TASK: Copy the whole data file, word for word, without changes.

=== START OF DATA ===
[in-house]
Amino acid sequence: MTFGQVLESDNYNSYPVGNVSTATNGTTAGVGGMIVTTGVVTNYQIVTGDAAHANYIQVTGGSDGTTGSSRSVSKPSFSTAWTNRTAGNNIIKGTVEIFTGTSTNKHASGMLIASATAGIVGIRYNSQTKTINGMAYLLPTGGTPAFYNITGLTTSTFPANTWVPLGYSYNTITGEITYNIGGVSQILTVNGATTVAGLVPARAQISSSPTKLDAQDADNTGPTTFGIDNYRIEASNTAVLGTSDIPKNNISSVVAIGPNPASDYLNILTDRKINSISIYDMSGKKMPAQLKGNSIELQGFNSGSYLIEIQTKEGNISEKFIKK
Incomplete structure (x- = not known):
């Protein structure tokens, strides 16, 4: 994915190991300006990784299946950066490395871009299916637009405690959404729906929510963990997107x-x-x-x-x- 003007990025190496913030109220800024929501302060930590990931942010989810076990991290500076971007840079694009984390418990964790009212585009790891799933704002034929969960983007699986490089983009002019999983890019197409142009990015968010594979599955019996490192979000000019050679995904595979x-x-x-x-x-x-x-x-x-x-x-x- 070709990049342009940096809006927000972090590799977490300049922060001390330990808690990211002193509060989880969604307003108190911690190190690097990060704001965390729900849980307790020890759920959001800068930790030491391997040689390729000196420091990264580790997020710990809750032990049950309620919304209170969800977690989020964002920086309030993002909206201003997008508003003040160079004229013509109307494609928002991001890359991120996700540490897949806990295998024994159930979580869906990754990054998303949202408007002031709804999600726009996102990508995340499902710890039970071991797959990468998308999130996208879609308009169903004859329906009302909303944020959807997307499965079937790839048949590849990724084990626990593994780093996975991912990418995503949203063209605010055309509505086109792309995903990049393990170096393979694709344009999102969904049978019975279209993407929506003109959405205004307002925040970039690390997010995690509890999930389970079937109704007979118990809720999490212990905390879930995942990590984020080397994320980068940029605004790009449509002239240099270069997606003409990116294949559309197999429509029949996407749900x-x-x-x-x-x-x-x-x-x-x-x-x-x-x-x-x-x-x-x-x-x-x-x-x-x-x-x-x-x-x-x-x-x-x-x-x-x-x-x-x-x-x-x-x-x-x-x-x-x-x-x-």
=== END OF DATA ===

[in-house]
Amino acid sequence: MTFGQVLESDNYNSYPVGNVSTATNGTTAGVGGMIVTTGVVTNYQIVTGDAAHANYIQVTGGSDGTTGSSRSVSKPSFSTAWTNRTAGNNIIKGTVEIFTGTSTNKHASGMLIASATAGIVGIRYNSQTKTINGMAYLLPTGGTPAFYNITGLTTSTFPANTWVPLGYSYNTITGEITYNIGGVSQILTVNGATTVAGLVPARAQISSSPTKLDAQDADNTGPTTFGIDNYRIEASNTAVLGTSDIPKNNISSVVAIGPNPASDYLNILTDRKINSISIYDMSGKKMPAQLKGNSIELQGFNSGSYLIEIQTKEGNISEKFIKK
Incomplete structure (x- = not known):
């Protein structure tokens, strides 16, 4: 994915190991300006990784299946950066490395871009299916637009405690959404729906929510963990997107x-x-x-x-x- 003007990025190496913030109220800024929501302060930590990931942010989810076990991290500076971007840079694009984390418990964790009212585009790891799933704002034929969960983007699986490089983009002019999983890019197409142009990015968010594979599955019996490192979000000019050679995904595979x-x-x-x-x-x-x-x-x-x-x-x- 070709990049342009940096809006927000972090590799977490300049922060001390330990808690990211002193509060989880969604307003108190911690190190690097990060704001965390729900849980307790020890759920959001800068930790030491391997040689390729000196420091990264580790997020710990809750032990049950309620919304209170969800977690989020964002920086309030993002909206201003997008508003003040160079004229013509109307494609928002991001890359991120996700540490897949806990295998024994159930979580869906990754990054998303949202408007002031709804999600726009996102990508995340499902710890039970071991797959990468998308999130996208879609308009169903004859329906009302909303944020959807997307499965079937790839048949590849990724084990626990593994780093996975991912990418995503949203063209605010055309509505086109792309995903990049393990170096393979694709344009999102969904049978019975279209993407929506003109959405205004307002925040970039690390997010995690509890999930389970079937109704007979118990809720999490212990905390879930995942990590984020080397994320980068940029605004790009449509002239240099270069997606003409990116294949559309197999429509029949996407749900x-x-x-x-x-x-x-x-x-x-x-x-x-x-x-x-x-x-x-x-x-x-x-x-x-x-x-x-x-x-x-x-x-x-x-x-x-x-x-x-x-x-x-x-x-x-x-x-x-x-x-x-």